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Five plays that shaped the Cowboys’ close loss to the undefeated Steelers

This was a promising result for Dallas.

Pittsburgh Steelers v Dallas Cowboys Photo by Ronald Martinez/Getty Images

Well, that game went exactly as everyone expected it to go. The Steelers defense made life miserable for Garrett Gilbert and the Cowboys got curb-stomped - wait, what’s that? They only lost by five? They led for the majority of the game? Well, that’s pretty impressive.

Obviously the loss still stings, but for the Cowboys to keep things as close as they did while playing behind a fourth-string quarterback against one of the NFL’s elite defenses is highly encouraging. So what prevented Dallas from pulling out the win? These five plays shine a light on that.

CeeDee Lamb’s fumble right before halftime shifts the pace of the game

The Steelers had just managed to finally score their first touchdown of the game and cut the lead to 13-6 after they missed the extra point. With just over a minute left in the second quarter and with Dallas set to get the ball to start the third quarter, the Cowboys had a shot at a two-for-one opportunity to extend their unlikely lead.

Garrett Gilbert started things off promising by hitting CeeDee Lamb, who would have picked up the first down with his run after the catch. But cornerback Cam Sutton managed to swipe his hand in from behind and punch the ball out. It flew right into Minkah Fitzpatrick’s hands, and the ball was suddenly Pittsburgh’s.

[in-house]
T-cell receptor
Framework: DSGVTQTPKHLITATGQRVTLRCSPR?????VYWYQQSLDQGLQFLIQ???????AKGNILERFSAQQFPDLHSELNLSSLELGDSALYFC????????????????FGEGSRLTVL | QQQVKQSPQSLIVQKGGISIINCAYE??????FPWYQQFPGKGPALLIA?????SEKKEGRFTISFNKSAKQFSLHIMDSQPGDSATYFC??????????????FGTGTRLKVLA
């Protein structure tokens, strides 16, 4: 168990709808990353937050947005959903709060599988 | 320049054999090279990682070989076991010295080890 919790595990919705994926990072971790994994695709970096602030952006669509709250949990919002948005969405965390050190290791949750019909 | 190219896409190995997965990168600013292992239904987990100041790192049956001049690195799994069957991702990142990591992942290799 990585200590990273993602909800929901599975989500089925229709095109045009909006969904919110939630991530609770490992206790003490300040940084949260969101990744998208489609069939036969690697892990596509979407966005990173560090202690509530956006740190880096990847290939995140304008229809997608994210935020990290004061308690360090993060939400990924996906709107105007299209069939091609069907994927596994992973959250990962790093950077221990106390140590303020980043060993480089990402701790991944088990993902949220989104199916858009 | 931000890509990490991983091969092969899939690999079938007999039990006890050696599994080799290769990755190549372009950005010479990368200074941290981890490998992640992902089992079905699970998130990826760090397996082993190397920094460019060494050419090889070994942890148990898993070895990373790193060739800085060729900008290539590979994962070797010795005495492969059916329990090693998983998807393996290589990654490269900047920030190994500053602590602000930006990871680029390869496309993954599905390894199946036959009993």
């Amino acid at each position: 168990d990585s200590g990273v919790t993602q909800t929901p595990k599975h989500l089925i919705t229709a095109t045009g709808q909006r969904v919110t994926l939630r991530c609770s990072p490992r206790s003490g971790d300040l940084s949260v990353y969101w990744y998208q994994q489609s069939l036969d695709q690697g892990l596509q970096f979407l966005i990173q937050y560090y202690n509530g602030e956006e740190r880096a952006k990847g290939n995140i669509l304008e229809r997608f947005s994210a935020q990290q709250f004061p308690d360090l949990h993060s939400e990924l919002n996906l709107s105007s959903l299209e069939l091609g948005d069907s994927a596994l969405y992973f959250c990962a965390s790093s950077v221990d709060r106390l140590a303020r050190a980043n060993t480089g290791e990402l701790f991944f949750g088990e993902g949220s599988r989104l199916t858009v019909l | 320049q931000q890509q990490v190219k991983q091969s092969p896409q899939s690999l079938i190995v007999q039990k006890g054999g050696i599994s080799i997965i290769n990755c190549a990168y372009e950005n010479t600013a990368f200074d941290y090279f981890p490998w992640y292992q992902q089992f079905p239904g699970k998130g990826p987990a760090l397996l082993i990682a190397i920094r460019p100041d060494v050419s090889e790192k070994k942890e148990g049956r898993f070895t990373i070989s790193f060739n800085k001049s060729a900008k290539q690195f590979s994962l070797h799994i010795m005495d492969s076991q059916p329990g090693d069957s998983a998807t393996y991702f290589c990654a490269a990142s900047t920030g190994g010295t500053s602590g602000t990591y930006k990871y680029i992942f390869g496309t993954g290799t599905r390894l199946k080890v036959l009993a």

It’s unclear if the Cowboys could have actually scored on that possession, but they got the worst possible outcome by setting the Steelers offense up with great starting field position. Of course, their good luck continued by somehow benefitting from a false start to get a second chance at the field goal and making it this time around, cutting the Cowboys’ lead to 13-9 at halftime. This was a killer for the team, as it helped the Steelers keep the game that much closer.

Garrett Gilbert’s poorly timed interception kills Cowboys’ promising drive

After this inexplicable kickoff return from Rico Dowdle set the Cowboys offense up at the Steelers’ 36-yard line, it looked like Dallas was primed to get points on the drive. Up 19-15, a touchdown would have made things difficult for the Steelers, while a field goal would at least have given the Cowboys a seven-point lead in the fourth quarter.